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Dear Dr. Williams:

Thank you so much for being the first ISTE executive or board member to address the sad state of affairs expressed by my old friend and mentor David Thornburg. It is disappointing that David’s proposal was rejected. Dr. Thornburg is a pillar of educational computing.

I am grateful to David for bringing attention to ISTE’s non-existent response to the life and death of Seymour Papert. It is worth noting that the father of our field, Dr. Papert, was never invited to keynote ISTE or NECC; not after the publication of his three seminal books, not after the invention of robotics construction kits for children, not after 1:1 computing was borne in his image in Australia, not after Maine provided laptops statewide, not when One Laptop Per Child changed the world. This lack of grace implies a rejection of the ideas Papert advocated and the educators who had to fight even harder to bring them to life against the tacit hostility of our premiere membership organization.

One would imagine that a conference dedicated to linoleum installation would eventually have the inventor of linoleum to address its annual gathering. Last year (2015), ISTE rejected my proposal to lead a session commemorating the 35th anniversary of Papert’s book Mindstorms and the 45th anniversary of the paper he co-authored with Cynthia Solomon, “Twenty Things To Do with a Computer.” See the blog post I wrote at the time.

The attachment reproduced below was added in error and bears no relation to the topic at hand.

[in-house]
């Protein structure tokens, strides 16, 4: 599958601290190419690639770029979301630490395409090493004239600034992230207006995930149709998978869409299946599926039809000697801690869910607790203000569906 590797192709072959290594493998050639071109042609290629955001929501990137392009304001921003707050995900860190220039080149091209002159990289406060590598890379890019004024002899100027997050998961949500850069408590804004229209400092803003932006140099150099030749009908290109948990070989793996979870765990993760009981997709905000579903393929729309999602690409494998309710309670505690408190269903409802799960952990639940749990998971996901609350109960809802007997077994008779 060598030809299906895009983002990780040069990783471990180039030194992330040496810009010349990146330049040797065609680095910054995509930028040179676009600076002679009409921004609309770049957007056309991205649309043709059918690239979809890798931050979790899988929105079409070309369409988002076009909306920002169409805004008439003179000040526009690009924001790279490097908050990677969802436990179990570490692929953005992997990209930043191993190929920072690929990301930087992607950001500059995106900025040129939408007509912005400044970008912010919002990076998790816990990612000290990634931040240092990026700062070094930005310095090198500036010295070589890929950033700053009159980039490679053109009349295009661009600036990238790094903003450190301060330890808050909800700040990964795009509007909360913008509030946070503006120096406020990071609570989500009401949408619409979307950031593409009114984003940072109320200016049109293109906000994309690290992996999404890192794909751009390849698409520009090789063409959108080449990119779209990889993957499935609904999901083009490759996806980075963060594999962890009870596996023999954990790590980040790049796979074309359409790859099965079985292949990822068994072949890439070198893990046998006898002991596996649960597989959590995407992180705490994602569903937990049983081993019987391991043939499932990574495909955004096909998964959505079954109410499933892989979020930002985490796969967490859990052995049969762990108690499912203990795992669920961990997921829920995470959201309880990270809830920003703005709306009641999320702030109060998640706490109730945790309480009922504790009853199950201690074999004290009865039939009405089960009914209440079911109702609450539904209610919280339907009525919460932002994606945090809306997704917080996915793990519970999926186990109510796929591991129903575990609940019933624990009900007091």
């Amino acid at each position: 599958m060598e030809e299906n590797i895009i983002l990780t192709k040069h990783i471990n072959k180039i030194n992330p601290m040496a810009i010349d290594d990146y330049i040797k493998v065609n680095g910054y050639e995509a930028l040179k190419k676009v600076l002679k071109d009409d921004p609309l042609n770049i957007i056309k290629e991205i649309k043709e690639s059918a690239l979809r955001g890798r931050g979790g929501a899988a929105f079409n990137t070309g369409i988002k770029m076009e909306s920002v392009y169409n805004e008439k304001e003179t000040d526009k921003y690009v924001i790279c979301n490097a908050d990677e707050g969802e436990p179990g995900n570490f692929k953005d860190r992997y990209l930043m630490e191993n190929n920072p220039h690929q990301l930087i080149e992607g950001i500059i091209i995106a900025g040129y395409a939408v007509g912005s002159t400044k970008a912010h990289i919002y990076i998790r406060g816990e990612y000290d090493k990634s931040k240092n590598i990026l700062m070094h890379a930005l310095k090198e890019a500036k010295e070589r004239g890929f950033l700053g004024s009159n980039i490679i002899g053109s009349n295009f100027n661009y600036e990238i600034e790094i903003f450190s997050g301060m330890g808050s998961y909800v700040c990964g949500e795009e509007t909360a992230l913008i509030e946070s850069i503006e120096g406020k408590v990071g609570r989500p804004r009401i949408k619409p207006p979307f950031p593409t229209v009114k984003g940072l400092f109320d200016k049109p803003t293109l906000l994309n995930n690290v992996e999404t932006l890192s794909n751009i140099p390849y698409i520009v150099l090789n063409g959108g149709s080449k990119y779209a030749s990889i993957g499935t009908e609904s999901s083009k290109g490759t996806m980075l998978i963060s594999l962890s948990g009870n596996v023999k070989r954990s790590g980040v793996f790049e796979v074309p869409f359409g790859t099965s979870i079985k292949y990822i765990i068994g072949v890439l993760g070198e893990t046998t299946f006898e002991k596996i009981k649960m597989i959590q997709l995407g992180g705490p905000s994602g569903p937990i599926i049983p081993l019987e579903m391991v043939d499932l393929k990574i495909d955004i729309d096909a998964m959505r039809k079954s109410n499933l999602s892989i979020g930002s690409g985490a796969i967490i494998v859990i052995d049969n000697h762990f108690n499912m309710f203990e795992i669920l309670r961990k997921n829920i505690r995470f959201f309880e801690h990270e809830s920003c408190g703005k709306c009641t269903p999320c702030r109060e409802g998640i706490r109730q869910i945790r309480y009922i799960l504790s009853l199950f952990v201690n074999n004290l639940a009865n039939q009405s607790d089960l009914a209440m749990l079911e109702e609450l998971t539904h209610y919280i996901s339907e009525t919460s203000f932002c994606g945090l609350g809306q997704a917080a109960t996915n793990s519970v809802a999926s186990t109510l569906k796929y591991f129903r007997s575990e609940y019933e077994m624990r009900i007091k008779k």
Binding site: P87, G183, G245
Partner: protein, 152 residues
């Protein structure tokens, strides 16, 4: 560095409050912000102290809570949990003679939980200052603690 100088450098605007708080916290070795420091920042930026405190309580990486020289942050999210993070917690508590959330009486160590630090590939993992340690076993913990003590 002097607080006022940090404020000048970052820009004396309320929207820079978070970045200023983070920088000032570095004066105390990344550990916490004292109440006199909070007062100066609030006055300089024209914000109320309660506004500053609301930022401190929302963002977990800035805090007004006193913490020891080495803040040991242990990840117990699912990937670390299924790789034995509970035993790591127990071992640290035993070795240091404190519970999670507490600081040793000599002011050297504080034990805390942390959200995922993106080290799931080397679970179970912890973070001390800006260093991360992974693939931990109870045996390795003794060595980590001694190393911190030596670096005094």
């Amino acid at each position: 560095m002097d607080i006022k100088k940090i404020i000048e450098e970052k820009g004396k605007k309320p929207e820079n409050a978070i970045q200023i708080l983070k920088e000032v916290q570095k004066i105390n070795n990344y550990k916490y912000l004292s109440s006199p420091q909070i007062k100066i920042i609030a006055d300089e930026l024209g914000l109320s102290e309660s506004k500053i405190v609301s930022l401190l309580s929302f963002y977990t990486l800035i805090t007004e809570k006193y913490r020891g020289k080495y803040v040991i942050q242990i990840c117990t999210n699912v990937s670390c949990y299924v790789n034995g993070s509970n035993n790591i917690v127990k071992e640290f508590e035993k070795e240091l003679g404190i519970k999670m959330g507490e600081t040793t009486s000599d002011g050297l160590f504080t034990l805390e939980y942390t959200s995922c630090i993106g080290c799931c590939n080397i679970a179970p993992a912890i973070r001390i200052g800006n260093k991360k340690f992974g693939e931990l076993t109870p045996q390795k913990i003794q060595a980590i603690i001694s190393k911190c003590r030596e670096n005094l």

Such indifference was maddening, but the failure of the ISTE leadership to recognize the death of Dr. Papert this past July, even with a tweet, is frankly disgraceful. After Papert’s death, I was interviewed by NPR, the New York Times and countless other news outlets around the world. I was commissioned to write Papert’s official obituary for the prestigious international science journal Nature. Remarkably, unless I missed it, ISTE has failed to honor Dr. Papert in any way, shape, or form. I have begged your organization to do so in order to bring his powerful ideas to life for a new generation of educators. These actions should not be viewed as a grievance or form of attention seeking. ISTE’s respect for history and desire to provide a forum for the free exchange of disparate ideas are critical to its relevance and survival.